Belfast Telegraph

Restaurant review: Belle Isle Bistro

Belle Isle Castle and Private Island, Lisbellaw, Fermanagh. Tel: 028 6638 7231

By Joris Minne

Restaurants come in all shapes, sizes, price ranges, styles and quality. Some fixate on the furniture and lighting, others on the quality of service and food while those who focus on the views should arouse suspicion, largely because the view is often used to provide a distraction obscuring the mediocrity elsewhere in the operation.

Belle Isle Bistro is a lot of things but mediocre is not one of them. It sits very comfortably and reassuringly in the middle of a private island which it shares with Belle Isle Castle, a magnificent country home you can rent, some very tastefully restored and reconfigured stables which are now self-catering apartments and cottages, a walled garden, acres of woods and views south to the shores of Upper Lough Erne.

You may be familiar with the former cookery school which was based here until recently. Now cook, fishing trip arranger and Ardennes man Jerome Nicolle has opened the bistro to the public as a regular, all welcome, bookable restaurant.

The remoteness of the island is a key attraction but paradoxically so is its 10-minute proximity to the main Belfast to Enniskillen road. Uniquely, if you are lucky enough to be able to book the Castle for a self-catering holiday break (13 bedrooms, loads of roaring fires and reception rooms, tons of charm all wrapped in impeccably styled posh rustic chic - what more could the well-heeled family, group of pals, or wedding party want?), the restaurant will provide quality sustenance in case your tin opener fails. It also has a proper little bar just as you might find a 'petit zinc' in a village cafe in France.

A keen game angler and co-ordinator of fishing parties, Jerome and Belle Isle estate manager Matt Stuart discussed mutually desirable business ideas last year, agreed terms and reopened the cookery school as the Belle Isle Bistro. And very good it is too.

Jerome is not your fancy-pants cheffy kind of cook. For him the simple pleasures of line caught wild salmon from Donegal, duck, woodcock and pheasant from the estate and enough savoir-faire to make a perfect chocolate fondant, are enough to produce a quality meal, the kind you would enjoy in an old fashioned French family get together.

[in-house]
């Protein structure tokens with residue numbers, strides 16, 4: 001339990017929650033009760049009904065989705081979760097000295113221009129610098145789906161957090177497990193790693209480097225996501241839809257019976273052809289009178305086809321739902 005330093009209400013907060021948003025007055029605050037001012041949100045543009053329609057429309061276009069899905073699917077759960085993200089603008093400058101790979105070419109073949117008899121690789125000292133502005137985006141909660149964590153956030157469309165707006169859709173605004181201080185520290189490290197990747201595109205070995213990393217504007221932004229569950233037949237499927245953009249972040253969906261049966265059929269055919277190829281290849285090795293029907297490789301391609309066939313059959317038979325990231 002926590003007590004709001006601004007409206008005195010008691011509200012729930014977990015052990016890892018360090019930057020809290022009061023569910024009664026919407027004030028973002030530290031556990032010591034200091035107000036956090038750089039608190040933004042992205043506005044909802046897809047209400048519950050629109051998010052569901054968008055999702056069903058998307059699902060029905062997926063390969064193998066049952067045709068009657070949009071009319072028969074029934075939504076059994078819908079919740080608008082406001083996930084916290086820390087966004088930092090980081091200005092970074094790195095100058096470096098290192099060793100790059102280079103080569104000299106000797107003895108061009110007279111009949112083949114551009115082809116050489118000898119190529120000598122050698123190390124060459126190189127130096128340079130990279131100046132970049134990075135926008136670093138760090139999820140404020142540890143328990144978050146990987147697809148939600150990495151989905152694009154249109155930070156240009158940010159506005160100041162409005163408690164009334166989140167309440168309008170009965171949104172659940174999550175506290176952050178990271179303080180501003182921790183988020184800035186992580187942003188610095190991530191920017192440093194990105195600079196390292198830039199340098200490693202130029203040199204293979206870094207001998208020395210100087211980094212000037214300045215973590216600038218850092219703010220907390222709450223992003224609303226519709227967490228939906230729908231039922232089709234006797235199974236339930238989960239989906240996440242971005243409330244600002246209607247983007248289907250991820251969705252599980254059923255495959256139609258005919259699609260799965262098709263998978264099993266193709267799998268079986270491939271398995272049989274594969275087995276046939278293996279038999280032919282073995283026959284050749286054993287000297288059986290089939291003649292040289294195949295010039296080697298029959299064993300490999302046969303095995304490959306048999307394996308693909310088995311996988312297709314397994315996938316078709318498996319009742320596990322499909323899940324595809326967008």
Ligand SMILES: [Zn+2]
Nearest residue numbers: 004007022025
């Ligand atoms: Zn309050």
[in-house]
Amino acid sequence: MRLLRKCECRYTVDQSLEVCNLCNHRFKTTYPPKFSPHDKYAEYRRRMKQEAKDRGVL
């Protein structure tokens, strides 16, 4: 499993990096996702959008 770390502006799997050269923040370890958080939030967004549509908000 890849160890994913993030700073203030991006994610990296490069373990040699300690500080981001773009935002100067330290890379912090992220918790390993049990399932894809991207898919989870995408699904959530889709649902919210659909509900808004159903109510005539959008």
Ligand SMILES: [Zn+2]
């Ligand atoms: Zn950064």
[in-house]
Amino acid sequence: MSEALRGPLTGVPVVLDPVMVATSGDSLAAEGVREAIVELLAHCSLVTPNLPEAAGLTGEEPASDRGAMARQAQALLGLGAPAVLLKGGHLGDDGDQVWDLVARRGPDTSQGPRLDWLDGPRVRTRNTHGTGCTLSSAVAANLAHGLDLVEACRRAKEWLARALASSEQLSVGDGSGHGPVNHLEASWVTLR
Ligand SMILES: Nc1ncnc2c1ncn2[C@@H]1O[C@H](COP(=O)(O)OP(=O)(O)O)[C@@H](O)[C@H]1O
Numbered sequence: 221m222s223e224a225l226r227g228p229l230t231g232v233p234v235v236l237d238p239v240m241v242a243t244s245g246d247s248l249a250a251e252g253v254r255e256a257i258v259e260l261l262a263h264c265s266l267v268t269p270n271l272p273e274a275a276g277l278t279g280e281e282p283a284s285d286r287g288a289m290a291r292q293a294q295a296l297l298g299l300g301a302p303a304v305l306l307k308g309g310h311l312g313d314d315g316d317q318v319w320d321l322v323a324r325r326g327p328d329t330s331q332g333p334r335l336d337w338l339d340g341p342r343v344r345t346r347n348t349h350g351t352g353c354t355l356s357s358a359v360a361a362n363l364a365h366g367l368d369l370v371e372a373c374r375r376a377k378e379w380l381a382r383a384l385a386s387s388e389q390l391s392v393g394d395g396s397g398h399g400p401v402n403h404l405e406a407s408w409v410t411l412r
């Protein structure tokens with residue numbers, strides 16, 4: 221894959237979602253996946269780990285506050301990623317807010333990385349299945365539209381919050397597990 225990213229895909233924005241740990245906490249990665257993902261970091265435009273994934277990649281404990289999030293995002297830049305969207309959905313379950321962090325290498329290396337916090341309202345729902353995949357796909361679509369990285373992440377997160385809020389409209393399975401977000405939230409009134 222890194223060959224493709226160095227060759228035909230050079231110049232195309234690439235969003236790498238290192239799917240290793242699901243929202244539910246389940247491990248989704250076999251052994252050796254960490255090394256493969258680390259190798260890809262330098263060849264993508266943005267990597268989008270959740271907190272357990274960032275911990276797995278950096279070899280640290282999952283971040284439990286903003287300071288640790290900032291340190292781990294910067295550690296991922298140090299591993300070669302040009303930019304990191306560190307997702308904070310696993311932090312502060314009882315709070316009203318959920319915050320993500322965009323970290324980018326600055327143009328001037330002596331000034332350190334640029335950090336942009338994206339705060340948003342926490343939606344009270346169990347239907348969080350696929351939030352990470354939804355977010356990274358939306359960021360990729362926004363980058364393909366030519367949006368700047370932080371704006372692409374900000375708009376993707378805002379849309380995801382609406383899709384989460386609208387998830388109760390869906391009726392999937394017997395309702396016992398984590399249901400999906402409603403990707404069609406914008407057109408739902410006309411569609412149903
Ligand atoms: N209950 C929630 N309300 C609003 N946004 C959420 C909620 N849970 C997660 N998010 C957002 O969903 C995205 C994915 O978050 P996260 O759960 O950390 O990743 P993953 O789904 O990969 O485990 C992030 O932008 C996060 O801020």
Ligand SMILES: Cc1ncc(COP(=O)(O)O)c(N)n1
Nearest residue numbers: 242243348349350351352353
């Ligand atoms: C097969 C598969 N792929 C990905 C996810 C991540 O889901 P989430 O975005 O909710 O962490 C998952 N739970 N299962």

He makes a point of keeping things simple almost as if to underline the point made by great chefs that you shouldn't mess with ingredients when they are this good.

Four of us are here for dinner and expectations are high: private island, French chef, castle - this better be good.

A glistening little thick cut slab of mildly smoked salmon comes as an amuse-bouche on a slice of freshly toasted Keady loaf. Almost raw, it provides a moment of primeval pleasure. Served with Jerome's choice of a chilled Riesling, it's memorable.

To show how versatile that Riesling is, he brings forth a foie gras of duck which is velvety, buttery and packed with those rich, gamey flavours. Coming in from the damp woodlands outside, the relationship between the musty, sweet late autumn smells and scents of the air and the flavour of the pate is remarkable and provides another dimension of joy.

A short while later, out comes a skilfully jointed breast and leg of pheasant. It has been pan roasted and is golden and crispy and crowns a bed of colcannon with added bacon. With this comes a russet coloured cider sauce with little chunk of apple. Pheasant is rarely moist and the soft, moist colcannon with its cabbage and butter, backed up by the sauce provides the balance needed for it all to work.

And it works deliciously well. This is the food you want out in the middle of the countryside, something from the surrounding environment, especially when it's Belle Isle, and dishes which match the simple honesty of the bistro itself.

A chocolate fondant which is perfectly executed rounds off the evening. Everybody's happy, we stagger back to our respective bedrooms in the castle.

It all went too quickly. That's the thing about Fermanagh, the county with its own time zone (slow): a night out in Belle Isle Bistro goes by too fast.

The bill

Foie gras x 4 £24

Pheasant X 4 £64

Fondant x 4 £20

Total £108

Belfast Telegraph

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